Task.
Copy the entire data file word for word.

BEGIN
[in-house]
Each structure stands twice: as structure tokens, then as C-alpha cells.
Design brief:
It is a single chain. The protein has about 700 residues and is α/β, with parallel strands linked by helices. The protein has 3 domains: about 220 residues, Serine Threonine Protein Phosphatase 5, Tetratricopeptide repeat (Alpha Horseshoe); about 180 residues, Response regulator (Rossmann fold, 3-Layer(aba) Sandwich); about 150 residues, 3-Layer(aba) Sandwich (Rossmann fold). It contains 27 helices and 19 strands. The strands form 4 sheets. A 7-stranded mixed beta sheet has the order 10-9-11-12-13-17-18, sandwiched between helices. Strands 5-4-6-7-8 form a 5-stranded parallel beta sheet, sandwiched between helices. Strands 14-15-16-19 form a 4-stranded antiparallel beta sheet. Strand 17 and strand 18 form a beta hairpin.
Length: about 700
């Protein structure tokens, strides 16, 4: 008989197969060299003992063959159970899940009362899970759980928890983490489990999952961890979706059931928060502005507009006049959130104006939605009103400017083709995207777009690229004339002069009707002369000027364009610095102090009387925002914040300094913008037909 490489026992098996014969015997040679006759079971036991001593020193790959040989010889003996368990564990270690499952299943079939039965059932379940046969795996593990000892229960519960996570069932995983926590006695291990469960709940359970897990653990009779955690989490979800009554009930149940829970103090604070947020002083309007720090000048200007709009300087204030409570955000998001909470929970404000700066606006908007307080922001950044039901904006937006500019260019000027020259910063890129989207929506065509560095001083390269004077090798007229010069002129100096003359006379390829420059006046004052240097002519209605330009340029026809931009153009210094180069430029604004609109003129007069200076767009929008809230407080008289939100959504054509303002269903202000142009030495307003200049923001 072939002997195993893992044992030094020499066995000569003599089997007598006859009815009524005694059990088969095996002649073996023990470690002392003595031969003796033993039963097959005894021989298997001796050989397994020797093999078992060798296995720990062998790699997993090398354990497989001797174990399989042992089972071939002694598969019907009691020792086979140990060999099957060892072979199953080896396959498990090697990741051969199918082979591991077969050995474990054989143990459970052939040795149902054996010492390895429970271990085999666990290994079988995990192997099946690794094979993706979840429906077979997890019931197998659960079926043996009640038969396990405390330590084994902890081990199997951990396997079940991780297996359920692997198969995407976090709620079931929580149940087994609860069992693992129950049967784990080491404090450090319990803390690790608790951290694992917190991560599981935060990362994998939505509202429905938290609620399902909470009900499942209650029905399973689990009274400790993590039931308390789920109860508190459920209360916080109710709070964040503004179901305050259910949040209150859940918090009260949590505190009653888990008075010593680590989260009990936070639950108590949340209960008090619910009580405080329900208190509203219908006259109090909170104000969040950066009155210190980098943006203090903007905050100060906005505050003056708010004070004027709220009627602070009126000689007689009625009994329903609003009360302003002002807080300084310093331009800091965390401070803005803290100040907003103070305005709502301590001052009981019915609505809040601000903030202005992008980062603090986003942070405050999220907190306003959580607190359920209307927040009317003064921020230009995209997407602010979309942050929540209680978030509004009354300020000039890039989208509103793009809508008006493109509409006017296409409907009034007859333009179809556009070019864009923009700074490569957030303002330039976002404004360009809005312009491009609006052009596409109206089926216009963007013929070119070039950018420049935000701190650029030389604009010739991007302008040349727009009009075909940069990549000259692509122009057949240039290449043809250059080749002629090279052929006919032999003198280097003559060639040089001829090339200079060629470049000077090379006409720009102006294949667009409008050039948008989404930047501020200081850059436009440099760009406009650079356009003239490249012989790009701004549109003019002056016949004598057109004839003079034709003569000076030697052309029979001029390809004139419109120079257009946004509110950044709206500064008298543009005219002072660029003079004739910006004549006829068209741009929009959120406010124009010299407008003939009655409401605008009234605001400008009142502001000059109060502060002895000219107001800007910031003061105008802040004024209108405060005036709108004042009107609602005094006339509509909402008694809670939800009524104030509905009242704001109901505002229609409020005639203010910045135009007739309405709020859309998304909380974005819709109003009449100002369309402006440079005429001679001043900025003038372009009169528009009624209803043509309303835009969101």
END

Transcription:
[in-house]
Each structure stands twice: as structure tokens, then as C-alpha cells.
Design brief:
It is a single chain. The protein has about 700 residues and is α/β, with parallel strands linked by helices. The protein has 3 domains: about 220 residues, Serine Threonine Protein Phosphatase 5, Tetratricopeptide repeat (Alpha Horseshoe); about 180 residues, Response regulator (Rossmann fold, 3-Layer(aba) Sandwich); about 150 residues, 3-Layer(aba) Sandwich (Rossmann fold). It contains 27 helices and 19 strands. The strands form 4 sheets. A 7-stranded mixed beta sheet has the order 10-9-11-12-13-17-18, sandwiched between helices. Strands 5-4-6-7-8 form a 5-stranded parallel beta sheet, sandwiched between helices. Strands 14-15-16-19 form a 4-stranded antiparallel beta sheet. Strand 17 and strand 18 form a beta hairpin.
Length: about 700
């Protein structure tokens, strides 16, 4: 008989197969060299003992063959159970899940009362899970759980928890983490489990999952961890979706059931928060502005507009006049959130104006939605009103400017083709995207777009690229004339002069009707002369000027364009610095102090009387925002914040300094913008037909 490489026992098996014969015997040679006759079971036991001593020193790959040989010889003996368990564990270690499952299943079939039965059932379940046969795996593990000892229960519960996570069932995983926590006695291990469960709940359970897990653990009779955690989490979800009554009930149940829970103090604070947020002083309007720090000048200007709009300087204030409570955000998001909470929970404000700066606006908007307080922001950044039901904006937006500019260019000027020259910063890129989207929506065509560095001083390269004077090798007229010069002129100096003359006379390829420059006046004052240097002519209605330009340029026809931009153009210094180069430029604004609109003129007069200076767009929008809230407080008289939100959504054509303002269903202000142009030495307003200049923001 072939002997195993893992044992030094020499066995000569003599089997007598006859009815009524005694059990088969095996002649073996023990470690002392003595031969003796033993039963097959005894021989298997001796050989397994020797093999078992060798296995720990062998790699997993090398354990497989001797174990399989042992089972071939002694598969019907009691020792086979140990060999099957060892072979199953080896396959498990090697990741051969199918082979591991077969050995474990054989143990459970052939040795149902054996010492390895429970271990085999666990290994079988995990192997099946690794094979993706979840429906077979997890019931197998659960079926043996009640038969396990405390330590084994902890081990199997951990396997079940991780297996359920692997198969995407976090709620079931929580149940087994609860069992693992129950049967784990080491404090450090319990803390690790608790951290694992917190991560599981935060990362994998939505509202429905938290609620399902909470009900499942209650029905399973689990009274400790993590039931308390789920109860508190459920209360916080109710709070964040503004179901305050259910949040209150859940918090009260949590505190009653888990008075010593680590989260009990936070639950108590949340209960008090619910009580405080329900208190509203219908006259109090909170104000969040950066009155210190980098943006203090903007905050100060906005505050003056708010004070004027709220009627602070009126000689007689009625009994329903609003009360302003002002807080300084310093331009800091965390401070803005803290100040907003103070305005709502301590001052009981019915609505809040601000903030202005992008980062603090986003942070405050999220907190306003959580607190359920209307927040009317003064921020230009995209997407602010979309942050929540209680978030509004009354300020000039890039989208509103793009809508008006493109509409006017296409409907009034007859333009179809556009070019864009923009700074490569957030303002330039976002404004360009809005312009491009609006052009596409109206089926216009963007013929070119070039950018420049935000701190650029030389604009010739991007302008040349727009009009075909940069990549000259692509122009057949240039290449043809250059080749002629090279052929006919032999003198280097003559060639040089001829090339200079060629470049000077090379006409720009102006294949667009409008050039948008989404930047501020200081850059436009440099760009406009650079356009003239490249012989790009701004549109003019002056016949004598057109004839003079034709003569000076030697052309029979001029390809004139419109120079257009946004509110950044709206500064008298543009005219002072660029003079004739910006004549006829068209741009929009959120406010124009010299407008003939009655409401605008009234605001400008009142502001000059109060502060002895000219107001800007910031003061105008802040004024209108405060005036709108004042009107609602005094006339509509909402008694809670939800009524104030509905009242704001109901505002229609409020005639203010910045135009007739309405709020859309998304909380974005819709109003009449100002369309402006440079005429001679001043900025003038372009009169528009009624209803043509309303835009969101």